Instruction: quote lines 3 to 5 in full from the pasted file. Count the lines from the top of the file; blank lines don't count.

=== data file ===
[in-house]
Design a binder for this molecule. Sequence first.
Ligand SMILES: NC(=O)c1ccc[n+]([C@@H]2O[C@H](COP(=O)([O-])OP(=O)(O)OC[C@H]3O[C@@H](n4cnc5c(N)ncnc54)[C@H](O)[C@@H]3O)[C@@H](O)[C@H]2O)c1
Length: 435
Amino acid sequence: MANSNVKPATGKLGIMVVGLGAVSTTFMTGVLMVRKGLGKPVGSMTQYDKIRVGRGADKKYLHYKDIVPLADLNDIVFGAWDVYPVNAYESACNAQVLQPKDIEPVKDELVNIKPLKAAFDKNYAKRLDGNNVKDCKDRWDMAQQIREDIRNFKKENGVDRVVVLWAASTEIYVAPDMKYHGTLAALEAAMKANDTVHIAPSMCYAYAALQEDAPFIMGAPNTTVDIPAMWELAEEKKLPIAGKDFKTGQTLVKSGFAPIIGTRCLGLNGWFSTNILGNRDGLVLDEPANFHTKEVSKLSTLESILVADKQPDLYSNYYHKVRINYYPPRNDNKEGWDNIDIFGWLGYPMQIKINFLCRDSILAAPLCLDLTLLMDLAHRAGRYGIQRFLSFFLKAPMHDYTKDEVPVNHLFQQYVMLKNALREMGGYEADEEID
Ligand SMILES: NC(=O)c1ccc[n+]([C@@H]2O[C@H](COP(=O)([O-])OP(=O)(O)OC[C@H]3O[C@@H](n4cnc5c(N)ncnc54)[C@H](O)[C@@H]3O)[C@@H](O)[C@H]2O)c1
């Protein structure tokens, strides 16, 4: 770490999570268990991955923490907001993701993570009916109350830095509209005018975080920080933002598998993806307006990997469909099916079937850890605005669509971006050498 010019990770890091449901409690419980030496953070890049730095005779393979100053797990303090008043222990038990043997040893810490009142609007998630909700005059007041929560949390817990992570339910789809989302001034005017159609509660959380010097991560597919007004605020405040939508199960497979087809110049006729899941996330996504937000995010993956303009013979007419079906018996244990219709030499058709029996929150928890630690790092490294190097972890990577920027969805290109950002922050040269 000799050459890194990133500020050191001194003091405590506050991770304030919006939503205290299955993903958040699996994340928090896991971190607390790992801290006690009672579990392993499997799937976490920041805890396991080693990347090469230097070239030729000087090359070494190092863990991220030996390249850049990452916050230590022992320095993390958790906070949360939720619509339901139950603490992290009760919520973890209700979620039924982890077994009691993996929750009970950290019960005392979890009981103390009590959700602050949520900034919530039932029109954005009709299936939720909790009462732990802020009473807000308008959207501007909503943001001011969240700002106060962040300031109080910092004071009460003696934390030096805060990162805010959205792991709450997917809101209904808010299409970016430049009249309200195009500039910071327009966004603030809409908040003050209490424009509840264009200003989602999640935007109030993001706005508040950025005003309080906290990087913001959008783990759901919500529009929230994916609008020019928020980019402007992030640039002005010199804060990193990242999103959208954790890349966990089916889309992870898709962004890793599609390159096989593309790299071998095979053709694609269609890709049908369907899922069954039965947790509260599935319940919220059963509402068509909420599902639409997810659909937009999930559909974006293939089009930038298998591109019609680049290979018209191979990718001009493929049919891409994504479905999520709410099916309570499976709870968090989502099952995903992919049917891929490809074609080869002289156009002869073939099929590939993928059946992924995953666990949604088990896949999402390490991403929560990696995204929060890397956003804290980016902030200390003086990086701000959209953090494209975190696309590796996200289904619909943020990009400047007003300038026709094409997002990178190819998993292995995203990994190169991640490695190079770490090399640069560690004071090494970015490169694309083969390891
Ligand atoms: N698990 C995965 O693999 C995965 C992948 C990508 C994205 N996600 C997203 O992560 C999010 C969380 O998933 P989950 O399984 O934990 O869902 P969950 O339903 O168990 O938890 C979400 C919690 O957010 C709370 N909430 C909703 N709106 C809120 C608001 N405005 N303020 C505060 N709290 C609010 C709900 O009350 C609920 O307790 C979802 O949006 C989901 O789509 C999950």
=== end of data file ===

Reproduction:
Ligand SMILES: NC(=O)c1ccc[n+]([C@@H]2O[C@H](COP(=O)([O-])OP(=O)(O)OC[C@H]3O[C@@H](n4cnc5c(N)ncnc54)[C@H](O)[C@@H]3O)[C@@H](O)[C@H]2O)c1
Length: 435
Amino acid sequence: MANSNVKPATGKLGIMVVGLGAVSTTFMTGVLMVRKGLGKPVGSMTQYDKIRVGRGADKKYLHYKDIVPLADLNDIVFGAWDVYPVNAYESACNAQVLQPKDIEPVKDELVNIKPLKAAFDKNYAKRLDGNNVKDCKDRWDMAQQIREDIRNFKKENGVDRVVVLWAASTEIYVAPDMKYHGTLAALEAAMKANDTVHIAPSMCYAYAALQEDAPFIMGAPNTTVDIPAMWELAEEKKLPIAGKDFKTGQTLVKSGFAPIIGTRCLGLNGWFSTNILGNRDGLVLDEPANFHTKEVSKLSTLESILVADKQPDLYSNYYHKVRINYYPPRNDNKEGWDNIDIFGWLGYPMQIKINFLCRDSILAAPLCLDLTLLMDLAHRAGRYGIQRFLSFFLKAPMHDYTKDEVPVNHLFQQYVMLKNALREMGGYEADEEID